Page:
People will always function well in environments they trust — and customers and marketers are no exception.
Zach Shelley, Senior Director of Marketing & Operations at Uncommon Sports Group, believes product success starts with clear directives and authenticity. Taking the time to determine the ideal approach for different content types and audiences allows for high-impact content and clear-headed creativity, all of which lead to measurable outcomes.
Join us as we discuss:
- How to support creative team members
- The role authenticity plays in building trust
- Why clickbait damages customer/marketer relationships
Trusting the process
Building a great set of processes is one of the most crucial aspects of marketing operations — but many creatives cringe at the thought of being restrained. That’s why he’s reframed the way he establishes processes; they’re not focused on restriction but on redirection.
“With marketing operations, if you provide a guardrail that keeps everything funneling the right way, you’re actually increasing the amount of freedom creatives can enjoy,” he says.
The first key to setting up these processes is transparency — specifically, letting creatives know what the boundaries around their ultimate work product are. Some questions Zach asks when setting up those processes include:
- What is our brand trying to say?
- Who are we saying it to?
- What are the areas of conflict between what we want to say and who we’re saying it to?
The second key to ensuring an efficient process is communication. Marketing team members should feel supported by the process from start to finish, and if they don’t feel like they can speak up when they’re not, something has to change, says Zach.
Authenticity and personality
“Brand authenticity” is one of those buzz phrases that people might tire of, but it’s an important concept to keep in mind when marketing any product, says Zach. There’s nothing that can destroy a brand faster than failing to be open, honest and upfront about exactly what you’re getting.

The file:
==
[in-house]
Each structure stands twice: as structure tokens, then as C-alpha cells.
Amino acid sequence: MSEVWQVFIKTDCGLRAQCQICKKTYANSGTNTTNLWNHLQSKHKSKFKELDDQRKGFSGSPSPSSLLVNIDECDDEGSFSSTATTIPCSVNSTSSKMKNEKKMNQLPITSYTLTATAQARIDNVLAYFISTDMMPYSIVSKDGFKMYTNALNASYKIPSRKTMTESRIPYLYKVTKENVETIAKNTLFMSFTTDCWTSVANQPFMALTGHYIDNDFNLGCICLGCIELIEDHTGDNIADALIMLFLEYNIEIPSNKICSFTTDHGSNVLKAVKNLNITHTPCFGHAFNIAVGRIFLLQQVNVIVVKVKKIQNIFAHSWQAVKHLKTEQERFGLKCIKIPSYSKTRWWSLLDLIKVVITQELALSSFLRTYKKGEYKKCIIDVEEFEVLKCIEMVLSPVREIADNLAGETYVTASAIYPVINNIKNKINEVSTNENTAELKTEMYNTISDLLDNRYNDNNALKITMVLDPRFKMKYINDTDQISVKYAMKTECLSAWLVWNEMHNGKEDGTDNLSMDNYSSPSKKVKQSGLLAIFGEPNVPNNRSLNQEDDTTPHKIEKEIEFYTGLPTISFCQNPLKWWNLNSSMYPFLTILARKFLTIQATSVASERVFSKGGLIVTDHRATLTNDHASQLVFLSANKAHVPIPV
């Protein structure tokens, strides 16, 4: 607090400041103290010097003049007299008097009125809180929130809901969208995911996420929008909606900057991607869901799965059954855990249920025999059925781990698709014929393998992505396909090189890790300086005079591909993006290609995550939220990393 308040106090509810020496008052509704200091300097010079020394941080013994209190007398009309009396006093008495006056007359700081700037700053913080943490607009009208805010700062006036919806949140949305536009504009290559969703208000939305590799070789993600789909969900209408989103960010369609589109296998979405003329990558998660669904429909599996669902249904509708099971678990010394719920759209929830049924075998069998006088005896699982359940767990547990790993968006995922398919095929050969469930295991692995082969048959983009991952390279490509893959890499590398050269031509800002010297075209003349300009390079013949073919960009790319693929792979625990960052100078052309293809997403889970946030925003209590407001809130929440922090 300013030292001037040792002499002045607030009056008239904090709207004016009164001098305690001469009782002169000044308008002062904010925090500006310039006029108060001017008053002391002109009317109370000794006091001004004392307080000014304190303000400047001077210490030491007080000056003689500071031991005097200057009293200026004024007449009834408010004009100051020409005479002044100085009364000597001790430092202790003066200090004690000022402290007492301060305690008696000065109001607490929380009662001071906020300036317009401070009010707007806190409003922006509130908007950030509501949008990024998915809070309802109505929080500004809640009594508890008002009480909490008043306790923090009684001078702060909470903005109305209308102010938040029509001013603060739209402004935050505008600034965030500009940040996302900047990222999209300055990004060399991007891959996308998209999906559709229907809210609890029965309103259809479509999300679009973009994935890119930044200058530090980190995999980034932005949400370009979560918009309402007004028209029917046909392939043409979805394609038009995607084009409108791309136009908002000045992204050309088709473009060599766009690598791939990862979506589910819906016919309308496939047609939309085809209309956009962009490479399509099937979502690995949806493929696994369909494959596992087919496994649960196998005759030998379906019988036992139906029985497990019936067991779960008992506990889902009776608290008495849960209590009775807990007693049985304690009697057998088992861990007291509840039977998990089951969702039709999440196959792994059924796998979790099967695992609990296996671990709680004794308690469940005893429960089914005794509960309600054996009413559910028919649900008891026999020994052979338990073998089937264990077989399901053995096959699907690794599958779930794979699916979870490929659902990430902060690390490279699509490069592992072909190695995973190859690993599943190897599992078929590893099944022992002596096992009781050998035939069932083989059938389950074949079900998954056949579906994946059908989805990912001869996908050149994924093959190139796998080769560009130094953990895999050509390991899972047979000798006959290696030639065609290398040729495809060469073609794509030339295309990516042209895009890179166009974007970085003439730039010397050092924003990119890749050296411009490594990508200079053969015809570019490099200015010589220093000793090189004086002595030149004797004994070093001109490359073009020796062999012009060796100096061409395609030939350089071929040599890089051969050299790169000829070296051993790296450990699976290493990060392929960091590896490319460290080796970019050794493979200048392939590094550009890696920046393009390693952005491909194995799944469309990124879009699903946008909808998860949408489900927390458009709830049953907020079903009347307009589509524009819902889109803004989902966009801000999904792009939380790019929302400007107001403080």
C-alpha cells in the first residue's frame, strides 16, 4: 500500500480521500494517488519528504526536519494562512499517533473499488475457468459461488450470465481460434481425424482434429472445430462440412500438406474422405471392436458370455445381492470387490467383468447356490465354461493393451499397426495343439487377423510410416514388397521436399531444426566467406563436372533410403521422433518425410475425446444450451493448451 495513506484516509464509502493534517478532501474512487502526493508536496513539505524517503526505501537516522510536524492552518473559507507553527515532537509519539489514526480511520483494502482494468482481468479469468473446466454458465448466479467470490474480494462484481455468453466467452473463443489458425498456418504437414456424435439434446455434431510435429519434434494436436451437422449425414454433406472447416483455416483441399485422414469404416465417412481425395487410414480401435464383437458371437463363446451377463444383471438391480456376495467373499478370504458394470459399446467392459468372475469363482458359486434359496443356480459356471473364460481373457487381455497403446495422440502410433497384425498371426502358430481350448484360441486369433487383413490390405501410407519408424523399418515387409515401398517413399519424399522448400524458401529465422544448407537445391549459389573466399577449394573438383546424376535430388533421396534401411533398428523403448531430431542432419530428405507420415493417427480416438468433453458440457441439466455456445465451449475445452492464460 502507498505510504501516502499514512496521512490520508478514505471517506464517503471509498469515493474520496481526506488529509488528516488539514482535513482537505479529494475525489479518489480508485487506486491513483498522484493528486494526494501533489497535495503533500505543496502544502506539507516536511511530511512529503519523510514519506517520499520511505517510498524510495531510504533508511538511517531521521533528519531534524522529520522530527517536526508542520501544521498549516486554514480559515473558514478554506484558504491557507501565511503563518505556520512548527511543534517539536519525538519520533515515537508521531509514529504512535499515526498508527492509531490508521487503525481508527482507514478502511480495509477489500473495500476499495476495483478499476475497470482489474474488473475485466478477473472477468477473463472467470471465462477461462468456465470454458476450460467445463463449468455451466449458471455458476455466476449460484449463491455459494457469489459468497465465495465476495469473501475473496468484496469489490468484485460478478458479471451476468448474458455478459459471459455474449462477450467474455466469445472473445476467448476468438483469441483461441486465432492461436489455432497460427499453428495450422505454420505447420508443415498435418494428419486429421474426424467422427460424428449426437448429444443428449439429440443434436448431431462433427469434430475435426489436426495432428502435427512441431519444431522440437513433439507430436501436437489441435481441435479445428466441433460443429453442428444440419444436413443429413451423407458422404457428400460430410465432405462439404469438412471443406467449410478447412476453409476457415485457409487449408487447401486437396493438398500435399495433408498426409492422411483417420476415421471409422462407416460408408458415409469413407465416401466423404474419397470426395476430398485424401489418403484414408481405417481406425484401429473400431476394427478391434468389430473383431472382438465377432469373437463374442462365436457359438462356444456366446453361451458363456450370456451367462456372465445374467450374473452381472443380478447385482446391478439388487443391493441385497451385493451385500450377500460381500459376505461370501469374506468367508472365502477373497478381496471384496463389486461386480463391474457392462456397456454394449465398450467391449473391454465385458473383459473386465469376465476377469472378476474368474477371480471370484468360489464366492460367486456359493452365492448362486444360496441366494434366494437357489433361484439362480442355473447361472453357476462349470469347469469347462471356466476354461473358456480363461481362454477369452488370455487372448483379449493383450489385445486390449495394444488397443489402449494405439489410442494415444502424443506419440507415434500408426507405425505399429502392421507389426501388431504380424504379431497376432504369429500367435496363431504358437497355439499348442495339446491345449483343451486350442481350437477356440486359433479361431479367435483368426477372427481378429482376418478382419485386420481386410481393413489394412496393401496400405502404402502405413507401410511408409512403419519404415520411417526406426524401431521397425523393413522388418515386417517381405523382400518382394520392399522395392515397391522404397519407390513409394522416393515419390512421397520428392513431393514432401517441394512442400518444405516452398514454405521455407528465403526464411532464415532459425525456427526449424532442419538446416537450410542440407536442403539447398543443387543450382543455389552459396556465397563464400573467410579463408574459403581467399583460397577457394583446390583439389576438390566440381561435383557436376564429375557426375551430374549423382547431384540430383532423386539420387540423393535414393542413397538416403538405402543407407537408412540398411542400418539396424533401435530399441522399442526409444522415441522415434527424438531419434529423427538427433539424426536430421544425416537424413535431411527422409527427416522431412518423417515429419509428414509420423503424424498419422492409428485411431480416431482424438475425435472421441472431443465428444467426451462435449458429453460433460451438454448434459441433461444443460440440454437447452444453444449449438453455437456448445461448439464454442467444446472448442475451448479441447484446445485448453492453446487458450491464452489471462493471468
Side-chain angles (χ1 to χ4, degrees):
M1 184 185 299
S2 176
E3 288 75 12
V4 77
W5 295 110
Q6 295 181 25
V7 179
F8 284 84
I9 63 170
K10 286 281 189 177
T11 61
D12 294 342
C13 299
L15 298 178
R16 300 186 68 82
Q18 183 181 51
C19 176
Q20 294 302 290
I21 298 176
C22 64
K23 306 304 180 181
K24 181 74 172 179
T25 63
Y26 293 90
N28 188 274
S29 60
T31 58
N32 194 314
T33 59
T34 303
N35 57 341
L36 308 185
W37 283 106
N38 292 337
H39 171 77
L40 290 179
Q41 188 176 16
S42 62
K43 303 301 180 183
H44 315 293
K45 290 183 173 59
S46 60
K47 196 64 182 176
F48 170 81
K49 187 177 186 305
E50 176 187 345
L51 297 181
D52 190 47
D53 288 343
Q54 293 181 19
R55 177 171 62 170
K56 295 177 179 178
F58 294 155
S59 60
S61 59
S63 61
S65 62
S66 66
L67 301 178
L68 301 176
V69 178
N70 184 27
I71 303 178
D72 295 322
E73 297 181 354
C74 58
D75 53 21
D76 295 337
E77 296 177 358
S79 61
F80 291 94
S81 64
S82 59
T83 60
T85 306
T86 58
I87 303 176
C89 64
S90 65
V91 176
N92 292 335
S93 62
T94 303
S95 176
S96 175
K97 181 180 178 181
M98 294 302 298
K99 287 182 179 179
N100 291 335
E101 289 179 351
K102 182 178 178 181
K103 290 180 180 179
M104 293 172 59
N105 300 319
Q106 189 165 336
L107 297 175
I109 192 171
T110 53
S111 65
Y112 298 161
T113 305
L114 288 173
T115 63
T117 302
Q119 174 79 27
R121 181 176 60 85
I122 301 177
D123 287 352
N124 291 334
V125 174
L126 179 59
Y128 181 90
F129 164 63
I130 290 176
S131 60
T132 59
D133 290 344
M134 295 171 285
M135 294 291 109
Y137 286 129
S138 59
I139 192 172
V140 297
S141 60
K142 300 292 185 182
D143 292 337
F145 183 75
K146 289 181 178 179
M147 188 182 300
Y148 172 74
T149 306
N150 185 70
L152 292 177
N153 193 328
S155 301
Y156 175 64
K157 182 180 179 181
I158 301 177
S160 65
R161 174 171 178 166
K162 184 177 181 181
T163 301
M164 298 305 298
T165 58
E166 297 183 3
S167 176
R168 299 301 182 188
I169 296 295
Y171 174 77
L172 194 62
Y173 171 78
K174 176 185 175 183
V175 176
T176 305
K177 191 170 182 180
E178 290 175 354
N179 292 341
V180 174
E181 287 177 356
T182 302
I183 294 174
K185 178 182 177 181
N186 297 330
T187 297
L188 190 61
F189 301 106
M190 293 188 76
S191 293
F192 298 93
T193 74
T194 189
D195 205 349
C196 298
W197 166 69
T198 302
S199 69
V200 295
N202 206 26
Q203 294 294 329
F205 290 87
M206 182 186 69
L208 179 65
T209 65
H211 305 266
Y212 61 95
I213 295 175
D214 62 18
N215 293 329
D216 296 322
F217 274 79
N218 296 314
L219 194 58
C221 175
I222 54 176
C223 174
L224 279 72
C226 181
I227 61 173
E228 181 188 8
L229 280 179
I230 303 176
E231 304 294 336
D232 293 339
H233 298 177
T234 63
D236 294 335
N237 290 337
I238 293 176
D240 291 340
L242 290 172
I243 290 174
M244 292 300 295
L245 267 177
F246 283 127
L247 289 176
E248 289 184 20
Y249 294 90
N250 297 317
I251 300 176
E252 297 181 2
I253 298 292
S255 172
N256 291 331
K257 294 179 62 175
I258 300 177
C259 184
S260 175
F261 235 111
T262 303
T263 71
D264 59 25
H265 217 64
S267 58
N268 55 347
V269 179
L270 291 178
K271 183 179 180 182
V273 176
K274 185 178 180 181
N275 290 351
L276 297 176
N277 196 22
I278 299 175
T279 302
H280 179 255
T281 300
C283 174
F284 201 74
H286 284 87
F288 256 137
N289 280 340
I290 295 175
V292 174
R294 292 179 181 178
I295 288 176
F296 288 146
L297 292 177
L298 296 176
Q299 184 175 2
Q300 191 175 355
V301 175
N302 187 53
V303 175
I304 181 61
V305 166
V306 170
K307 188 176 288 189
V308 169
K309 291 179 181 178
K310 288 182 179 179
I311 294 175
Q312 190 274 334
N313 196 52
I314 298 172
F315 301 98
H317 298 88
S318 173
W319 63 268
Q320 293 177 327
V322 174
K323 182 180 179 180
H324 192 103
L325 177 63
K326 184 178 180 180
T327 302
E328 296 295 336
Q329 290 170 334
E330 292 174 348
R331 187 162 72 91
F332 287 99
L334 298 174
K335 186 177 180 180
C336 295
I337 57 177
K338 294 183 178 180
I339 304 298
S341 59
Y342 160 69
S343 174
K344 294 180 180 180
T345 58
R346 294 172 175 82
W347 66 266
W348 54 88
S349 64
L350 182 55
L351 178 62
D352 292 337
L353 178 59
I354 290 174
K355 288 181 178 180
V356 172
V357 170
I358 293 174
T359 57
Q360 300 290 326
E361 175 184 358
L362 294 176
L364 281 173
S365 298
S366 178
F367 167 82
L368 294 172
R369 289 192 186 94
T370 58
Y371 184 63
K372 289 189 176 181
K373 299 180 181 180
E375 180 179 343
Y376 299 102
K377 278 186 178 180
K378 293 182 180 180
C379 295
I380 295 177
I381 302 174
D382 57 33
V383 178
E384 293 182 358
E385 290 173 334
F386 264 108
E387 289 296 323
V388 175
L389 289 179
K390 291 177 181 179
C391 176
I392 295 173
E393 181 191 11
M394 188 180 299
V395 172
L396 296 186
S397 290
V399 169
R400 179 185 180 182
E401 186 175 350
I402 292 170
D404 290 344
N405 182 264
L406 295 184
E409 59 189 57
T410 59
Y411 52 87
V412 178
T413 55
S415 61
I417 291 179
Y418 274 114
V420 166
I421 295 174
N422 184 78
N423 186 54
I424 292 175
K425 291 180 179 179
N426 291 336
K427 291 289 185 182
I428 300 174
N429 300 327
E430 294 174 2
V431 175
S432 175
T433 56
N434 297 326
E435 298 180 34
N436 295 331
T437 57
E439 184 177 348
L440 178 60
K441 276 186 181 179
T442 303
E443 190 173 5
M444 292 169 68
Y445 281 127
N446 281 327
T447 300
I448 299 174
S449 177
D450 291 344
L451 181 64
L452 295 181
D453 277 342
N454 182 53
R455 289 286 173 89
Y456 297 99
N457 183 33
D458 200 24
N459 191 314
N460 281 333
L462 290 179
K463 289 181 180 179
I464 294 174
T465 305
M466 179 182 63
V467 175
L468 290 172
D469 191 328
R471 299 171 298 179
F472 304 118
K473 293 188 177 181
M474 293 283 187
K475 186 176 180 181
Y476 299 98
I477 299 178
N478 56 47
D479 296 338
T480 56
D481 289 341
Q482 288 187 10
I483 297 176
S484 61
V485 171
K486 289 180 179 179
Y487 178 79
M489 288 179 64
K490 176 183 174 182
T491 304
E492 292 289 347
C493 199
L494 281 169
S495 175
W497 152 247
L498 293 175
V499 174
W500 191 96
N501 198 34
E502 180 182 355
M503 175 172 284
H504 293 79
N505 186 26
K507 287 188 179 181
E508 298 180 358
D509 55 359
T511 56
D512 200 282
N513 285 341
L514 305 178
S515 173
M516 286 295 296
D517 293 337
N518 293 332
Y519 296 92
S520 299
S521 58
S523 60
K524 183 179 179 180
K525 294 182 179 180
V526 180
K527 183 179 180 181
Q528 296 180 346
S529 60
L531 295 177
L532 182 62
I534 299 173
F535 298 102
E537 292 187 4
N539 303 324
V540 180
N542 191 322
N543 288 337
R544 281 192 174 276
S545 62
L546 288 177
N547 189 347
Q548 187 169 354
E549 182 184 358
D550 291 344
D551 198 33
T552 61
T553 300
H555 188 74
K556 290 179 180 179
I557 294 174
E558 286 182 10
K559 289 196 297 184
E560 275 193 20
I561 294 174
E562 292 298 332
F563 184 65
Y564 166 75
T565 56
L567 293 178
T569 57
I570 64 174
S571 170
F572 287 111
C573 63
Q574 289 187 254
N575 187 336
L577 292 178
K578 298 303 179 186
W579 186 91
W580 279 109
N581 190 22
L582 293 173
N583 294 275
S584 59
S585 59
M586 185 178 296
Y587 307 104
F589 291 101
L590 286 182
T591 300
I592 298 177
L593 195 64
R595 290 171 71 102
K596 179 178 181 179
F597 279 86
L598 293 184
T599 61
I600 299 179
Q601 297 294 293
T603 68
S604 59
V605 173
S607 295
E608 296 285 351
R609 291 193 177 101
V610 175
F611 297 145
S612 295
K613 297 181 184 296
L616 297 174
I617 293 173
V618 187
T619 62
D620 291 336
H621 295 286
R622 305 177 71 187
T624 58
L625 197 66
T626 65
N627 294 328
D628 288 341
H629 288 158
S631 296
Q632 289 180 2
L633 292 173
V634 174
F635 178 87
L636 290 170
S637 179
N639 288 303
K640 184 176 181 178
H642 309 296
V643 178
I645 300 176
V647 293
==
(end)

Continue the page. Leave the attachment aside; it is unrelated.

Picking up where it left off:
“If you’re asked to do something that feels uncomfortable or unusual or that doesn’t align with your usual brand focus, that content isn’t going to be effective,” he says. “If you’re batting above your class consistently, you’re going to run into real problems because you’re setting incorrect expectations.”
One of the ways marketers can ensure their brand remains consistent, accurate and authentic is by nailing down a brand voice and tone and sticking with it. Zach calls brand voice and tone guides “one of the most important things a brand can develop.”
This is ideal for message unification and for a clear, transparent understanding of what a brand stands for, how a brand should sound, and what the personality behind the logo looks like.
“We make it a point to be eager and excited about good sports games, but we’re typically not taking sides,” he says. “We’re not picking your favorite teams for you, but we’re authentically excited. We make sure people know that we’re not faking it.”
The damage clickbait does
Clickbait-y social media posts and article titles are some of the biggest culprits of marketer-consumer relationship erosion and a big reason why Zach puts such a focus on authenticity and clarity in his own work.
That’s because, he says, long-term value isn’t about click counts – it’s about bringing people back to your online presence because they know they’re going to get quality content out of their experience.
“There are sites I go to consistently because there has been a positive impact made,” he says. “You might not get nearly as many clicks, but your ability to speak to and elevate your point will make a long-term user.”
Ultimately, building a solid marketer-consumer relationship is about being plugged into what matters to your audience and then articulating how you can provide that value in organic, authentic ways.
Want to learn more about crafting creative processes and prioritizing authenticity in your marketing efforts? Listen on Spotify, Apple Music, or wherever you find your podcasts.